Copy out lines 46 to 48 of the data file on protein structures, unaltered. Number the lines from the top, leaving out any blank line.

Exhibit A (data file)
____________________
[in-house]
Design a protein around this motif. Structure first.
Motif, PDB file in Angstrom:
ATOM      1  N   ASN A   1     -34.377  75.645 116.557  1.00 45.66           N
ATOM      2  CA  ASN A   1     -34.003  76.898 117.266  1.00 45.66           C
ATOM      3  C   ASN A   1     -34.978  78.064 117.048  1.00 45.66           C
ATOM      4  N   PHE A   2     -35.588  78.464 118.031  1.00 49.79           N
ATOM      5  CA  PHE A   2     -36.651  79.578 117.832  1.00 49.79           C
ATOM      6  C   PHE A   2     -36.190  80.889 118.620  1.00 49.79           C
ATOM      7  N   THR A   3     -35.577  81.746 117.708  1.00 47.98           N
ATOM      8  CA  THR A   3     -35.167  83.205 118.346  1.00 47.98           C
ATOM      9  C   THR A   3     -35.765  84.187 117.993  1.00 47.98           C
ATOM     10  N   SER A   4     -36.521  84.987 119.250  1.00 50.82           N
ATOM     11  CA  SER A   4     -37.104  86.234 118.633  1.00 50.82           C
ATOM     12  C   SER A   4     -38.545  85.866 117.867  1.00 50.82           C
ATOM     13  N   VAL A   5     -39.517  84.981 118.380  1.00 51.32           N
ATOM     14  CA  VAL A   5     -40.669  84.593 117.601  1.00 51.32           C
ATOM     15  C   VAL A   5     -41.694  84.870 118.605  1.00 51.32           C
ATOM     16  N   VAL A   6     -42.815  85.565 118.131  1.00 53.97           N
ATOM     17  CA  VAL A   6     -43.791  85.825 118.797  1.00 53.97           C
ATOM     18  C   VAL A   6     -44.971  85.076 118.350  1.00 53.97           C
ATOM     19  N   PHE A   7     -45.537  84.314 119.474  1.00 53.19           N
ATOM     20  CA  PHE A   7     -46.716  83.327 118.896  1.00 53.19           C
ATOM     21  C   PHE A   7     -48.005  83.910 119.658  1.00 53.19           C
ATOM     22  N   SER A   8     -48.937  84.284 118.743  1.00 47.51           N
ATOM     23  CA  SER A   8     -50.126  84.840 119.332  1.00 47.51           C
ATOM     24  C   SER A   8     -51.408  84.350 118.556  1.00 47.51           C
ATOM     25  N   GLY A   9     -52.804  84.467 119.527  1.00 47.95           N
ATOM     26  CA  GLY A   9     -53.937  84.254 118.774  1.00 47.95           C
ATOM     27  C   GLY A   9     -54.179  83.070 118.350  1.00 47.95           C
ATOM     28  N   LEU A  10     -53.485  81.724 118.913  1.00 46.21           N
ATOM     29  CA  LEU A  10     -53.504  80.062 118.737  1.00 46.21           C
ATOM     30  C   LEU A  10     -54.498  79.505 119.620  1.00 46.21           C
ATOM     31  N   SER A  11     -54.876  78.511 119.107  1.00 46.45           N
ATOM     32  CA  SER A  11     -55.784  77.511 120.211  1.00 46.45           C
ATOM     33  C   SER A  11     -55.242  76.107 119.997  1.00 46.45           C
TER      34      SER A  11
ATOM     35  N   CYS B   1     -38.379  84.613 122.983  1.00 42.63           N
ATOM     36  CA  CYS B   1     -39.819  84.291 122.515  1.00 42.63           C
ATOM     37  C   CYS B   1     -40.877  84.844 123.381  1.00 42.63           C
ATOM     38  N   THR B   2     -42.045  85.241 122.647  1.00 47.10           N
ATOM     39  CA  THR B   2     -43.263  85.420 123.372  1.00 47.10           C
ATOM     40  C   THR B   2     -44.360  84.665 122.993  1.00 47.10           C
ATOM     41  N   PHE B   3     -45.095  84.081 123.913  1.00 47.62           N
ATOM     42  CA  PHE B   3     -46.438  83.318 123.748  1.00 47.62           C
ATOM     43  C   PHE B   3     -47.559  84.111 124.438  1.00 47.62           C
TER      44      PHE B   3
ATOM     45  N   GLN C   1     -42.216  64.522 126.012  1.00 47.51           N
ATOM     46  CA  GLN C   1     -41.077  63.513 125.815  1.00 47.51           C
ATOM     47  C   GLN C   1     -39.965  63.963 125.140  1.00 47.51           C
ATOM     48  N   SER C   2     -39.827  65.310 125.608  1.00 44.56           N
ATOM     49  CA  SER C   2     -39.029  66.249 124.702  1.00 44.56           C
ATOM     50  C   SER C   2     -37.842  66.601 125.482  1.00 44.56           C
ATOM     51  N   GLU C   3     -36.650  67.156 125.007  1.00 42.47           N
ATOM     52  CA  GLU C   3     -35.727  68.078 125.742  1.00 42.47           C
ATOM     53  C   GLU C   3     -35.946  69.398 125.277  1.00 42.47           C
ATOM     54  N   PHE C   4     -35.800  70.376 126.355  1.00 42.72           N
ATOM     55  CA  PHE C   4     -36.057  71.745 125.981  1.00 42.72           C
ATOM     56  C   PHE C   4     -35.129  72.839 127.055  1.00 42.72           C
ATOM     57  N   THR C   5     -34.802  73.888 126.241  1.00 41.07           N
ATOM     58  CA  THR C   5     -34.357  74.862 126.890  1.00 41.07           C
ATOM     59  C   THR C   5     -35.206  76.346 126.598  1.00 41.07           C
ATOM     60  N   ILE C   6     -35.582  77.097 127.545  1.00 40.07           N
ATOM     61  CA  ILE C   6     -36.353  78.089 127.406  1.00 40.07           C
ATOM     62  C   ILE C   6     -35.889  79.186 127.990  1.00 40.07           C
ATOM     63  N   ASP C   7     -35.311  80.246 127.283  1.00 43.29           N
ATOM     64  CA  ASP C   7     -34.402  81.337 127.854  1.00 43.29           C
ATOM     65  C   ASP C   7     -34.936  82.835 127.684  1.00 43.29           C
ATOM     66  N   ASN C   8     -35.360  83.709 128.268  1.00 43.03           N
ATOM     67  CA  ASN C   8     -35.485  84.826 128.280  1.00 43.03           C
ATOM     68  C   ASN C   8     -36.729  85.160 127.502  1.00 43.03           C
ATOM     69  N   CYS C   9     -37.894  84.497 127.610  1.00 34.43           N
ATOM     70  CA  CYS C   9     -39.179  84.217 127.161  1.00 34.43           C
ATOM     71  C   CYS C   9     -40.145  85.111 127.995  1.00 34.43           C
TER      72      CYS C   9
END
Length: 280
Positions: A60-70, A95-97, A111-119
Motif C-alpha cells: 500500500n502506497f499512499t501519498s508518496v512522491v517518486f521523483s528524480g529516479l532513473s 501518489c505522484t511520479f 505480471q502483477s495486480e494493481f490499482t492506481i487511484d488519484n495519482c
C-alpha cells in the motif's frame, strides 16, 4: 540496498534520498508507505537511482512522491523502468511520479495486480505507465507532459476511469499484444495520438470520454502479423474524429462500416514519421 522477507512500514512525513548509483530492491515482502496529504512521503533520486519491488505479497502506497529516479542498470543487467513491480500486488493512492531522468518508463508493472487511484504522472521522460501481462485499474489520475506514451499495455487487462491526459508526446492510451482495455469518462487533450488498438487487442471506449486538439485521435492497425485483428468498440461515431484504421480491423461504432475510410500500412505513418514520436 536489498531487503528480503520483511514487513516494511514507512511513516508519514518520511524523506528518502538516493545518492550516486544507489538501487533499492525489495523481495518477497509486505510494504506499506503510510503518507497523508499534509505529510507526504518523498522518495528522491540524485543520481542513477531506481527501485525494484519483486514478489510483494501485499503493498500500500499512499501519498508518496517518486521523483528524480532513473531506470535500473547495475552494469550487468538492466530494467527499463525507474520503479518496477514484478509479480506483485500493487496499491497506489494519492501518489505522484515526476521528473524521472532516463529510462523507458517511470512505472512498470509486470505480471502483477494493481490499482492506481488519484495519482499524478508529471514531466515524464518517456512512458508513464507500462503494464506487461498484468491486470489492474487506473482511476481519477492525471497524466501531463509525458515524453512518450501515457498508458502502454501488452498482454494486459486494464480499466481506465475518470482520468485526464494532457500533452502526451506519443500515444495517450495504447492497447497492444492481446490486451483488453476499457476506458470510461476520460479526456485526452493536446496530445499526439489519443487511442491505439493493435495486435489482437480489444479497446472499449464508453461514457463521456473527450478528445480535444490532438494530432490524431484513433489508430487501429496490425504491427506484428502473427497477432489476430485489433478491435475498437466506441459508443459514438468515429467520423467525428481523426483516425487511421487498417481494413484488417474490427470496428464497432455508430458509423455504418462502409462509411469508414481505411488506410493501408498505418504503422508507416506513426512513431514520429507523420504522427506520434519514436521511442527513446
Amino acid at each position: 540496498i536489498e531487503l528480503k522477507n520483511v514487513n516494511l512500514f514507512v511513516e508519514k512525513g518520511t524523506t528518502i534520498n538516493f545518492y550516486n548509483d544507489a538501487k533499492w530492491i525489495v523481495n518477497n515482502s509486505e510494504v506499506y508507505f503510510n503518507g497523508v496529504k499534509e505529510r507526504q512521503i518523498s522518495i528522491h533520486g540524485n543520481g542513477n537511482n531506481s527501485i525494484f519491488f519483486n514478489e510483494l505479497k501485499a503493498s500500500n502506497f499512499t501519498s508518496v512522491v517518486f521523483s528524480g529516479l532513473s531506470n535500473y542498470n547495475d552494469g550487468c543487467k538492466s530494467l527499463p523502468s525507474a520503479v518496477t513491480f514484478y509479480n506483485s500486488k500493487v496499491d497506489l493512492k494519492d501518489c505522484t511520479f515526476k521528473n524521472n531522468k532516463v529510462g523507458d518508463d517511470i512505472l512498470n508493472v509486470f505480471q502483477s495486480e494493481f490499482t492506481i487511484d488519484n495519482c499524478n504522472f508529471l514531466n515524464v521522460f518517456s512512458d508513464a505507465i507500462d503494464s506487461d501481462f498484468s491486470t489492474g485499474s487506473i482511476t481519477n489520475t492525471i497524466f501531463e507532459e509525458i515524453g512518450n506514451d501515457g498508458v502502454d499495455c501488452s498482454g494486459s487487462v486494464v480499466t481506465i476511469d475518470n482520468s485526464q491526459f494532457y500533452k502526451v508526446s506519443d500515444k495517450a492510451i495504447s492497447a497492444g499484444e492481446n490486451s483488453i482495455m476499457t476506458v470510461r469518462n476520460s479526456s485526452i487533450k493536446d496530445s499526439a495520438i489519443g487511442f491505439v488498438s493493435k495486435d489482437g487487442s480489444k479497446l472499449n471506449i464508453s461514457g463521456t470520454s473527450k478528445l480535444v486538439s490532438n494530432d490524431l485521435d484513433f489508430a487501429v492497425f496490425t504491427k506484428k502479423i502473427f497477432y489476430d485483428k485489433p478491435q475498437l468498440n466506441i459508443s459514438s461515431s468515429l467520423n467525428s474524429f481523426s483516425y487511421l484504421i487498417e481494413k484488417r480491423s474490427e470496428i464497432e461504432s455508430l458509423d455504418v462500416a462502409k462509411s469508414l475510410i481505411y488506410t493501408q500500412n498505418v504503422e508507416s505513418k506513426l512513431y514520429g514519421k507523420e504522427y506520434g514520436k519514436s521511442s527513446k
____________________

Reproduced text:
ATOM     43  C   PHE B   3     -47.559  84.111 124.438  1.00 47.62           C
TER      44      PHE B   3
ATOM     45  N   GLN C   1     -42.216  64.522 126.012  1.00 47.51           N